Significant Changes on Distance Education Regulations Considered as Negotiated Rulemaking Committee Concludes | Policy Matters (March 2022)
- Significant Changes on Distance Education Regulations Considered as Negotiated Rulemaking Committee Concludes | Consensus on Only Two of Seven Issue Papers Reached
The Institutional and Programmatic Eligibility Committee’s final session at the US Department of Education concluded this month, resulting in consensus on language around two issues: Ability To Benefit, and the 90/10 rule. Many other items that are of importance to our community did not reach consensus, and there are a few items to keep an eye, most importantly on a few specific regulations the Department has proposed including:
- All distance education programs’ enrollment must stem from the main campus of the institution, and will be counted as such by the Department and cannot be associated with a branch campus.
- Regulations restricting the scope of distance education state authorization reciprocity agreements (i.e. SARA) to only apply to the limited scope of educational authorization, and as such, pushing all other legal claims of an educational nature application to the state where the student is located, rather than the state in which the institution is based.
- On licensure, the Department proposed regulations which would require the institution’s programs which lead to licensure be crafted such that they ensure the student meets all licensure requirements in the state in which the student is located when beginning that program.
All of these regulations will now be reviewed and those which did not achieve consensus will possibly be edited by the Department before public comment. When released to the public, the Department will allow for 30 days of commenting before the final language is released. The Department also stressed during the negotiated rulemaking session that they will not be accepting any public comments on these regulations until they open the public comment period. We will keep you updated, and notify you as soon as the public comment period is open.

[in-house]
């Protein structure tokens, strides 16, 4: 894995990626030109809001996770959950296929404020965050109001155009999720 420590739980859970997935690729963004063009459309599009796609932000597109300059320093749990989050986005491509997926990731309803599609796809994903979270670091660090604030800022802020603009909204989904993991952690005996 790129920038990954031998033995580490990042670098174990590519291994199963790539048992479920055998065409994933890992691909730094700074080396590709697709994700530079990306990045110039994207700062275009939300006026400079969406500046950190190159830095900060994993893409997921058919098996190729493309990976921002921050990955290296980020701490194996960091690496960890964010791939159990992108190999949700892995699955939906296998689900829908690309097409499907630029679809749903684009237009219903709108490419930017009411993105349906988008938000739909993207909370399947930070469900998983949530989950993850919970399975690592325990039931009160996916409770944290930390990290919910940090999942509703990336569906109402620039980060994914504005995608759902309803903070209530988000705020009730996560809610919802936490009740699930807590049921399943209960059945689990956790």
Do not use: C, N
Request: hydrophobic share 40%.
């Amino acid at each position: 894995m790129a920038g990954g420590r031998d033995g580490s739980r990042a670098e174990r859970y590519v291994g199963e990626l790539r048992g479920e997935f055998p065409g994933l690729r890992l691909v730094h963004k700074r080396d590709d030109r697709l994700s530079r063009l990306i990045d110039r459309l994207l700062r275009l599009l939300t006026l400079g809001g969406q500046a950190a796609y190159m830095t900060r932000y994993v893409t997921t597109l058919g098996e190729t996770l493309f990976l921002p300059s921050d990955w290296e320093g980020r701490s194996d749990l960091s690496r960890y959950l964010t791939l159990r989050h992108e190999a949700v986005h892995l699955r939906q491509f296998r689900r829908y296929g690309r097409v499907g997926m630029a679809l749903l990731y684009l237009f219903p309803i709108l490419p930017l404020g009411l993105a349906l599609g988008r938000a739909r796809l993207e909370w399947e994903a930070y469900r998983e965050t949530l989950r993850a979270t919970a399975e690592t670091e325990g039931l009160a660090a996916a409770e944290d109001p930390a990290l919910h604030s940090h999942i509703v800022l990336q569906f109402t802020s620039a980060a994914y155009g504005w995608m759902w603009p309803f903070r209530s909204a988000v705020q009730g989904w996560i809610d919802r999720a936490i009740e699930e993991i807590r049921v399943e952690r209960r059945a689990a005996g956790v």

- Biden Administration Releases Proposed Budget for FY 23; $2k+ Increase in Pell Grant Requested
The Biden Administration released their proposed budget for fiscal year 2023, asking for a significant funding increase for many Department of Education programs (a 20%+ increase for overall agency funding). Major initiatives for postsecondary education include an increase to the maximum amount of Pell Grants in an additional $2,175 per person; other grants improving retention, transfer, and completion rates; and funding for basic needs like child care for low-income student parents. The budget also would expand access for adult learners and career training programs by investing in community colleges. Presidential budget requests are generally a wish list and a signal of their future legislative priorities. Congressional leadership will now work with members on a package that could pass both chambers, and the current Administration’s proposal is unlikely to pass in its current outlay.
- Top Ranking Federal Postsecondary Education Official Nominated
On March 18, President Biden nominated Dr. Nasser Paydar to be the U.S. Department of Education’s (USDE) Assistant Secretary for Postsecondary Education, USDE’s senior position overseeing higher education.
- Education Department Warns Florida About Accreditation Bill (Inside Higher Ed)
- UPCEA and National Council for Online Education issue Letter to Congressional Leadership on Exclusion of Distance Education Programs from Short-Term Pell Legislation
UPCEA Policy Committee
Mark Bernhard, North Carolina State University, Co-Chair
Frank Principe, University of Maryland Global Campus, Co-Chair
Kristen Brown, University of Louisville
Ricky LaFosse, University of Michigan
Reed Scull, University of Wyoming
Dick Senese, Capella University